Two Stories from Come Back, Dr. Caligari. Boston: Little, Brown, [1964?]

"Mr. Barthelme's bizarre vision of life may terrify you, confound you, infuriate you, or just plain amuse you, but we guarantee that it will not leave you indifferent."

Prior to the publication of Donald Barthelme's first collection, published Little, Brown and Company sent out an advance copy of two of the stories, along with an introductory letter from Associate Editor (and University of Houston chum) Herman Gollob.

Come Back, Dr. Caligari. Boston: Little, Brown, 1964.

Influenced by Samuel Beckett, Barthelme developed a distinctive style of short story writing which eschewed traditional devices of plot and character in favor of playful language, the juxtaposition of ideas, and humor. Beginning in the 1960s and continuing throughout his career, many of his stories appeared first in the New Yorker magazine. Notable stories from Come Back, Dr. Caligari include "Me and Miss Mandible" and "A Shower of Gold."

The Dead Father. New York: Farrar, Straus and Giroux, 1975.

The Dead Father took the subject of sons overshadowed by the expectations of their fathers into the mythological realm. In Barthelme's novel, nineteen men drag the oversized Dead Father through the countryside, accompanied by the son Thomas and his companions.

Sixty Stories. New York: Putnam, 1981.

Published in 1981, Sixty Stories captured the best of Barthelme's stories from the sixties and seventies. It was nominated for the National Book Critics Circle Award, the PEN/Faulkner Award for Fiction, and the Los Angeles Times Book Prize in 1982, and frequently appeared on syllabi for literature courses.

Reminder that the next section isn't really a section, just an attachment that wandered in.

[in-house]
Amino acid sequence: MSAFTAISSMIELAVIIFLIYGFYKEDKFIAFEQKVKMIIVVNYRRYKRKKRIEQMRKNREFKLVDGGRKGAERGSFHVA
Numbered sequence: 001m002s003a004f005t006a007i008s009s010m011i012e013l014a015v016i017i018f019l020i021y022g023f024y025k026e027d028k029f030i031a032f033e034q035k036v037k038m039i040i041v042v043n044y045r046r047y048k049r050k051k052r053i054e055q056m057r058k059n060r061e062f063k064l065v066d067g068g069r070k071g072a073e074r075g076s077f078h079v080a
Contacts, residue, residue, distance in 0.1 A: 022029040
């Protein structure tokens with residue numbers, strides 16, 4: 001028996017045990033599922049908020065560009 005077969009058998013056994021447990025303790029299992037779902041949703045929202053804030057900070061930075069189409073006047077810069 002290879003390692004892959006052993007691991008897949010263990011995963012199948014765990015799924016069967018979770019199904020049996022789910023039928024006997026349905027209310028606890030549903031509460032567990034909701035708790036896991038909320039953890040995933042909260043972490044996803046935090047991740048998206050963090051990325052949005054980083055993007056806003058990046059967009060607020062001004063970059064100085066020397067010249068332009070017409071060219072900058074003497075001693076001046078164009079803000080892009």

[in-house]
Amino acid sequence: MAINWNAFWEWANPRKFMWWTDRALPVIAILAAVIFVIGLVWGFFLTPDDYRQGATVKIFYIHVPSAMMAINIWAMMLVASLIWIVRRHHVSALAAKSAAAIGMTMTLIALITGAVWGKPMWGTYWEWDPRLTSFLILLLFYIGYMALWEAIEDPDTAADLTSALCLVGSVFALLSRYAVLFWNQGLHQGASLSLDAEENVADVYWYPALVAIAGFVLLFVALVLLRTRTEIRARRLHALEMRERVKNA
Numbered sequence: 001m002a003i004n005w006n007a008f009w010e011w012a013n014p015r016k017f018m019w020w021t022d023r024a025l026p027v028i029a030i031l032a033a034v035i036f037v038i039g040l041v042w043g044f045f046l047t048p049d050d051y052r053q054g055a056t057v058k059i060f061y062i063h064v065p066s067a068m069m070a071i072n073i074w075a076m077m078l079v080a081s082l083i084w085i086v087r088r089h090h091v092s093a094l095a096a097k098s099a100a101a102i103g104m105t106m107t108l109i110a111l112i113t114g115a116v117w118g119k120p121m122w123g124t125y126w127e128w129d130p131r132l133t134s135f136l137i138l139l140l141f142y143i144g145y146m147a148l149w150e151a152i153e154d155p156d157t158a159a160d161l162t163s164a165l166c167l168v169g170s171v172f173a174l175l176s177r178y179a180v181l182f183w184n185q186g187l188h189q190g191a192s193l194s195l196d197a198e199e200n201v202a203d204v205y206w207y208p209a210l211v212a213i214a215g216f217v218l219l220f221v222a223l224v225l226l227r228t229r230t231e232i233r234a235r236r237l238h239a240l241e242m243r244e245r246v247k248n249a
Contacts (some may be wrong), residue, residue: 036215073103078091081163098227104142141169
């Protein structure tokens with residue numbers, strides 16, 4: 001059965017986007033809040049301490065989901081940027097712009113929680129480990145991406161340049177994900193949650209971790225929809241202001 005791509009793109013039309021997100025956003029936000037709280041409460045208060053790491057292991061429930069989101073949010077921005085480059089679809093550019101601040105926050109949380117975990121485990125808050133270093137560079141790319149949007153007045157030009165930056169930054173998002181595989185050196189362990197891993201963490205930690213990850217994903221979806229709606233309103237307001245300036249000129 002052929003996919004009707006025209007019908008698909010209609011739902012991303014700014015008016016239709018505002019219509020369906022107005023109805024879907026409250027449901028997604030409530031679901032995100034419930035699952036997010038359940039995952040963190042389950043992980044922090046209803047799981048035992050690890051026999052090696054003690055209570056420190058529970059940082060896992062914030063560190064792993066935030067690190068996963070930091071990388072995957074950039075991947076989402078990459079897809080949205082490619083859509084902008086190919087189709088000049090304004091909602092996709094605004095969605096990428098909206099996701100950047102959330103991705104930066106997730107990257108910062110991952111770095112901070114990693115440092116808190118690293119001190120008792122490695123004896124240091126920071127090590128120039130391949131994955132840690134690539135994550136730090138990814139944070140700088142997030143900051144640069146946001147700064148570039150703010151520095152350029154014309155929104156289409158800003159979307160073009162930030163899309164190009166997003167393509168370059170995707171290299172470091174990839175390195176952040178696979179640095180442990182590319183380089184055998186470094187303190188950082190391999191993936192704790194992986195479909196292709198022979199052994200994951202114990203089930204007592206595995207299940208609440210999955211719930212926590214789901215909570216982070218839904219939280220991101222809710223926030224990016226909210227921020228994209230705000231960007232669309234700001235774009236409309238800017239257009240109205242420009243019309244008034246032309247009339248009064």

Overnight to Many Distant Cities. New York: Putnam, 1983.

In this collection from the 1980s, Barthelme incorporated new elements, such as the more traditional story "Visitors" (about a father and daughter), and the italicized fragments which separate each story.

"Postmodernists Dinner," photographed by Jill Krementz, New York, May 17, 1983.

Left to right: unidentified, unidentified, Donald Barthelme, John Barth, Robert Coover (turned), unidentified, Kurt Vonnegut, Walter Abish (with patch), William Gaddis (squatting), unidentified, William Gass, unidentified, unidentified

In 1983, Barthelme arranged a "Postmodernists Dinner" for the group of writers who were often lumped together under the "postmodernist" label. The reclusive Thomas Pynchon declined the invitation.

Paradise. New York: Putnam, 1986.

In Barthelme's novel Paradise, a 53-year-old architect who is separated from his wife invites three young lingerie models to live with him in his New York City apartment.

Telegram from Elaine de Kooning, Easthampton, New York, October 28, 1986.

"Paradise is magnificent. I'm overjoyed with my dedication. With gratitude and love,
-- Elaine [de Kooning]"

Barthelme met painter Elaine de Kooning, the wife of abstract painter Willem de Kooning, through his friendships with art critics Harold Rosenberg and Thomas B. Hess.

Sam's Bar. Garden City, NY: Doubleday, 1987.

Sam's Bar was a collaboration with the graphic designer and illustrator Seymour Chwast. Barthelme's text and Chwast's images capture a group of disparate New Yorkers stopping by a bar for a drink after work.

The King. New York: Harper & Row, 1990.

A reimagining of the King Arthur story set during World War II, The King was published after Barthelme's death in 1989. It was illustrated with woodcuts by Barry Moser.

Photograph of Donald Barthelme and Gail Donohue Storey, [1980s].

Gail Donohue Storey received an M.A. from the Creative Writing Program in 1982, and served as the program's Administrative Director from 1982 to 1986.

Hiding Man: A Biography of Donald Barthelme. New York: St. Martin's Press, 2009.

UH Creative Writing Program alum and former Barthelme student Tracy Daugherty published this thorough and sympathetic biography of the influential writer in 2009.